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Whether you are redesigning your website, company creatives or running new advertisements, graphic design will probably have to be outsourced. Here at Curve, we employ a team of experienced graphic designers for our clients projects because design is one of the most important aspects of a client’s marketing campaign and one the hardest to do without professional help.

That being said, we always want clients input in order to design the best creative that represents your personality and business. One decision that is often overlooked, but is extremely important in creating the right design is the type choice.

The one thing that all of your visual ads will probably have in common is their use of type. The whole point of your advertising campaign is to increase publicity and sales and to do that you need to inform potential consumers what your business is about. While some companies can promote their business with a visual and logo (e.g. Nike and McDonald’s), it is an extremely small club. Most likely you will need to include written content in your ad to help promote your company.

Font Choice:  Serifs or Sans Serifs?

There are literally thousands of available typefaces to choose from for your ad (with more being created each day). While this section will help you how to decorate your ad with type it’s important to go with what you like. Your ad represents your company, and the same goes true with the type you use for your ad. The one thing you must remember is that the reader should notice the message, not the type! Don’t use a type that distracts the reader from the message. This includes using outlandish and garish typefaces that are meant to shock as well as overly pretty typefaces.  Most popular typefaces can be placed into two categories: Serif and Sans Serif.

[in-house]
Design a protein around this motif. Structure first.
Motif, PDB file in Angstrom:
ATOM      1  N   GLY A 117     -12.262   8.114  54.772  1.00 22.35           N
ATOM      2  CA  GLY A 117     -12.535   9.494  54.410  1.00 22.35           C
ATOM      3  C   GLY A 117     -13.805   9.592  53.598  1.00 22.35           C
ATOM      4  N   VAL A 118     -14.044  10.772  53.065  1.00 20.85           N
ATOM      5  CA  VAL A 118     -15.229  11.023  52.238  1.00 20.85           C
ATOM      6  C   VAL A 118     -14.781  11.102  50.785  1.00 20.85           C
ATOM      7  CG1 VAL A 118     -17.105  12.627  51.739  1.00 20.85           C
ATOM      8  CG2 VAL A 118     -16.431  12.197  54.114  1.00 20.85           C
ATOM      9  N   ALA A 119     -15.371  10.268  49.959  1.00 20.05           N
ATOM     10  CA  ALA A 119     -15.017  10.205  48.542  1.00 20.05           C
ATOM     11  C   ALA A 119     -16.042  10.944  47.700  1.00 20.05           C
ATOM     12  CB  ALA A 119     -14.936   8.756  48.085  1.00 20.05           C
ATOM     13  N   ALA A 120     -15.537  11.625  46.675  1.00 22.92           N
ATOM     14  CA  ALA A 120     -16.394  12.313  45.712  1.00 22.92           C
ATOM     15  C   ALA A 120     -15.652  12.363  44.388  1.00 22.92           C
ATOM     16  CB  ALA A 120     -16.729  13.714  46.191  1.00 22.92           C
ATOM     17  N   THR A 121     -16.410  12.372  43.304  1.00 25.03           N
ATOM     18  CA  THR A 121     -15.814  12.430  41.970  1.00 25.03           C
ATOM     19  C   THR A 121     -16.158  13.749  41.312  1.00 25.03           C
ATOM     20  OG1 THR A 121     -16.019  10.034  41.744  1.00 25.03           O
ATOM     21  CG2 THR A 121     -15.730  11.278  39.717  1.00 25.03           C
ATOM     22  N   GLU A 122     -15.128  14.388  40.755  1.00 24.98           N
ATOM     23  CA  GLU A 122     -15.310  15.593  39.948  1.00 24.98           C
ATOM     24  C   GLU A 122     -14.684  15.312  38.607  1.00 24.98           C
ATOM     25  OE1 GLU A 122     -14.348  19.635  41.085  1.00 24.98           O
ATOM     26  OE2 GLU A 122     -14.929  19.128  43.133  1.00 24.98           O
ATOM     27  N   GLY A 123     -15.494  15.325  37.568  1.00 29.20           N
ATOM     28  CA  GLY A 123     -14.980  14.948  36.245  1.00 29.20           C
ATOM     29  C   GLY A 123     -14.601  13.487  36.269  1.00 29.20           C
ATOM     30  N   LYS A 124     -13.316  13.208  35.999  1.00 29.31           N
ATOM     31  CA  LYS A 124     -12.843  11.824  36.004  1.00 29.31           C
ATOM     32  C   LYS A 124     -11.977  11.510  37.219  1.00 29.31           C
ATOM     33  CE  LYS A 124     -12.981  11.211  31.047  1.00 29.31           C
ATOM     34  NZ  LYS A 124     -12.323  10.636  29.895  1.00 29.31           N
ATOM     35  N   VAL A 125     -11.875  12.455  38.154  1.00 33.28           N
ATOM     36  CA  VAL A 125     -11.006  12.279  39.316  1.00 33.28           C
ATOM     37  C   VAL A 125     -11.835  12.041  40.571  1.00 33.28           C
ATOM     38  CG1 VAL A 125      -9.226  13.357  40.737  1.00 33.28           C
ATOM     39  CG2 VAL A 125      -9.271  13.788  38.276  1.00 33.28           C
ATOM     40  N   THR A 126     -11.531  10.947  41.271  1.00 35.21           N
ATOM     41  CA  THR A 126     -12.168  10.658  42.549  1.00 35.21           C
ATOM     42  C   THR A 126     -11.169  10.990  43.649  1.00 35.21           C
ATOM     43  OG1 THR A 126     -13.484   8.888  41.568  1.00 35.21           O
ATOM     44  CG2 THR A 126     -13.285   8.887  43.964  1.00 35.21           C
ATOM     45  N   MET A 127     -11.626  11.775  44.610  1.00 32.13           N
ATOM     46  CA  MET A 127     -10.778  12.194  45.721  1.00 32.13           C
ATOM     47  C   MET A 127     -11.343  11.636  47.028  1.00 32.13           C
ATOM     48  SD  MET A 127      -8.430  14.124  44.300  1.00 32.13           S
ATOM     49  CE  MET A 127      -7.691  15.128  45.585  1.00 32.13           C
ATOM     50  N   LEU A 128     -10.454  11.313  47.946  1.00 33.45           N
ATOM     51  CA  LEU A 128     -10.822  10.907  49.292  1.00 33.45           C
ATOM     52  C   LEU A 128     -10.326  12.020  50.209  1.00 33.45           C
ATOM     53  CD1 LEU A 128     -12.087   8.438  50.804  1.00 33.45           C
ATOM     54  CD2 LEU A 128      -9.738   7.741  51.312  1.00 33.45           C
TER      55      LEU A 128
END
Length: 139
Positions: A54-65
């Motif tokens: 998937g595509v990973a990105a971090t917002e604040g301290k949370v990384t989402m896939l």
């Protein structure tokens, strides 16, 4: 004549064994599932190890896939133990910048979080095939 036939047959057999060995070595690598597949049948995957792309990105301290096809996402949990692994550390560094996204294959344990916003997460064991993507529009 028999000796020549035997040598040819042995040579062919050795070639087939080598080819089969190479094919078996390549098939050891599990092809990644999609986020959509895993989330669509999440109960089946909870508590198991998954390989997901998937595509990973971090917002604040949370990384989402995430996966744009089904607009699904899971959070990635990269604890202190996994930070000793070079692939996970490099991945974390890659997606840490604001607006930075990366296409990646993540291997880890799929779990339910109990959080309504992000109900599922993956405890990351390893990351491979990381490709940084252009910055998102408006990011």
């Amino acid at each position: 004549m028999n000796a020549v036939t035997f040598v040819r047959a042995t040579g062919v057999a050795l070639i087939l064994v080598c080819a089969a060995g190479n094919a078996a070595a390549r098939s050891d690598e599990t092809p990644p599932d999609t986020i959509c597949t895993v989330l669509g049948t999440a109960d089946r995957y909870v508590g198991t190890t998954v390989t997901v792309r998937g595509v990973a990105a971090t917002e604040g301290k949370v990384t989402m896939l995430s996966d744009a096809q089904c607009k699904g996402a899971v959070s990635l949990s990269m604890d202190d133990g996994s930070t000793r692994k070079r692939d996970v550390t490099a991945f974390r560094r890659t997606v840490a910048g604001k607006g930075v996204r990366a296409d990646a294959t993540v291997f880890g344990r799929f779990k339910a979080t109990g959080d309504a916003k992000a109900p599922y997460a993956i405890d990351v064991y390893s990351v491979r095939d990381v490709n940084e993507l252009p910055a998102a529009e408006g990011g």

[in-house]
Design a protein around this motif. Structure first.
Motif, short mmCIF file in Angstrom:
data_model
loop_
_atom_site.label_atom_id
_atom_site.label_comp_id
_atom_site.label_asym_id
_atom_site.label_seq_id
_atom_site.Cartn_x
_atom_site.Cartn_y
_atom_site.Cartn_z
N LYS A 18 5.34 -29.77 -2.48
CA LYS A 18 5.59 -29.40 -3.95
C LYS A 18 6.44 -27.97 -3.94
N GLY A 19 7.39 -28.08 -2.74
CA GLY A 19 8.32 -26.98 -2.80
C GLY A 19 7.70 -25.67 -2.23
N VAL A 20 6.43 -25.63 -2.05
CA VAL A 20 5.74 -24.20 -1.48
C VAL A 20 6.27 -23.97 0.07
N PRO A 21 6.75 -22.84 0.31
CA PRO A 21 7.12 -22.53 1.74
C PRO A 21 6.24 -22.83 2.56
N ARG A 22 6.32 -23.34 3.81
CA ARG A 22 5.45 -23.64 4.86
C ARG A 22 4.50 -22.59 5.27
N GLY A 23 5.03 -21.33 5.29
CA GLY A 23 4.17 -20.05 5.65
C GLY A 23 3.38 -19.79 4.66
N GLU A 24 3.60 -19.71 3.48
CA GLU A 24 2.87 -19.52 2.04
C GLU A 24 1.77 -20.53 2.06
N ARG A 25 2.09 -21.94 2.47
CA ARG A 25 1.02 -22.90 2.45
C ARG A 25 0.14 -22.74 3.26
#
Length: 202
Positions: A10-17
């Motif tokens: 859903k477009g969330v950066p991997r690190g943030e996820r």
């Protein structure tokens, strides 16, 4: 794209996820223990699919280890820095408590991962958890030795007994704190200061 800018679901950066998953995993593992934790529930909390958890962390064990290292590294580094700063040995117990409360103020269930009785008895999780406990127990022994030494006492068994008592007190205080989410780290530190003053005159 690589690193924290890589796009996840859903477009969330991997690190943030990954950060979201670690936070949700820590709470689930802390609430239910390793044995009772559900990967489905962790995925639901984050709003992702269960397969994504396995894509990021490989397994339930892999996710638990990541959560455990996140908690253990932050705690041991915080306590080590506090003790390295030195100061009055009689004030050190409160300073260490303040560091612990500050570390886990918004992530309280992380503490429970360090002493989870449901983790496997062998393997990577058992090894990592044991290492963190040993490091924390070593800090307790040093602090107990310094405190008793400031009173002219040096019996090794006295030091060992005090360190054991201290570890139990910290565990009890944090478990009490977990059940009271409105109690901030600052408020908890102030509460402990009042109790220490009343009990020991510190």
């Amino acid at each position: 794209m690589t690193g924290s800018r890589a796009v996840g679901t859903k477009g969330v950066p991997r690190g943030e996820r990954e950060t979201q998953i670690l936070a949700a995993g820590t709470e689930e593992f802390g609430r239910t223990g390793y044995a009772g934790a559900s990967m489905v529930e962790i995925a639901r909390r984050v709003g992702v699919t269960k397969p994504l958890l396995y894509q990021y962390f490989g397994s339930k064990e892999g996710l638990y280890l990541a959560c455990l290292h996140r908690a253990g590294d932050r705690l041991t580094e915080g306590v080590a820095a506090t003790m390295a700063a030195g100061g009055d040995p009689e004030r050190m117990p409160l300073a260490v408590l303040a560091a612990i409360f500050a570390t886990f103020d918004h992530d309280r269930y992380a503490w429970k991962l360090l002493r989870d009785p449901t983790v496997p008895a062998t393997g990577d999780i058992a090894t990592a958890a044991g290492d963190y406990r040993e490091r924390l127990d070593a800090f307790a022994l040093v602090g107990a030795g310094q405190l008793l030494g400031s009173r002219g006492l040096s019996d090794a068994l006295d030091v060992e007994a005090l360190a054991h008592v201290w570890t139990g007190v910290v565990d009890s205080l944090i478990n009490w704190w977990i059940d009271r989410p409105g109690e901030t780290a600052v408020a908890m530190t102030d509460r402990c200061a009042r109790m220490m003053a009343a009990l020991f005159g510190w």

Font – Serif:

Serif fonts are typefaces that have tails and flags at the end and tips of their letters. Serif fonts include Times New Roman, Garamond, Baskerville and Cambria. Serif fonts are decorative and are seen as classical.

Studies have shown that serif fonts are the easiest to read on paper. The flourishes of serif fonts mimic handwriting and allow readers to quickly recognize the letters. This is why you usually find them used in the body of printed works such as books, newspapers and magazines.

Font – Sans Serif:

Sans Serif fonts do not have tails, flags or flourishes. Studies have shown that sans serif fonts are easier to read on computer screens than serif fonts. Computer screens may distort the size of the details on the strokes of serif fonts.

Serif fonts are often used for headlines and titles in regular print and are the de facto standard for on-screen and online body texts.

Free Fonts

Looking to use some new fonts? The following are the 20 best websites for downloading free fonts (Source: http://www.ourtuts.com/20-free-font-websites-everyone-should-visit/).

  1. 1001 Free Fonts
  2. 1001 Fonts
  3. Fontfreak
  4. SketchPad
  5. Fontstruct
  6. Highfonts
  7. FontEx
  8. EKNP.com
  9. Urban Fonts
  10. Dafont

TIP! Never use more than three fonts for your advertisement

Using Fonts to Express Your Ad

Ellen Lupton, author of Thinking With Type, created a layout of body types for text layout. The author divided the different types into Headline, Subheads, Text and Captions

HEADLINES (in Garamond)

The Headline should be slim, tall and fancy. It should breath and stretch and  shouldn’t  be bolded(16-point font or larger)

SUBHEADS (in Baskerville)

The Subhead should be shorter than the headline. It should be less fancy than the headline but not as utilitarian as the text for the body. (Between 15 and 17-point font)

TEXT (in Times New Roman)

The Text is readable and purposeful. Its main purpose is to fulfill a goal. Let the Headline and Subhead be the star of the ad. (10 or 11-point font)

Captions (in Bolded Century Schoolbook)

The Captions need to standout with limited available space Bold the captions so they have a maximum impact in the smallest amount of real estate. (Between 13 and 16-point font)

If you want to learn more about type design, pick up a copy of Ellen Lupton’s foundational, Thinking With Type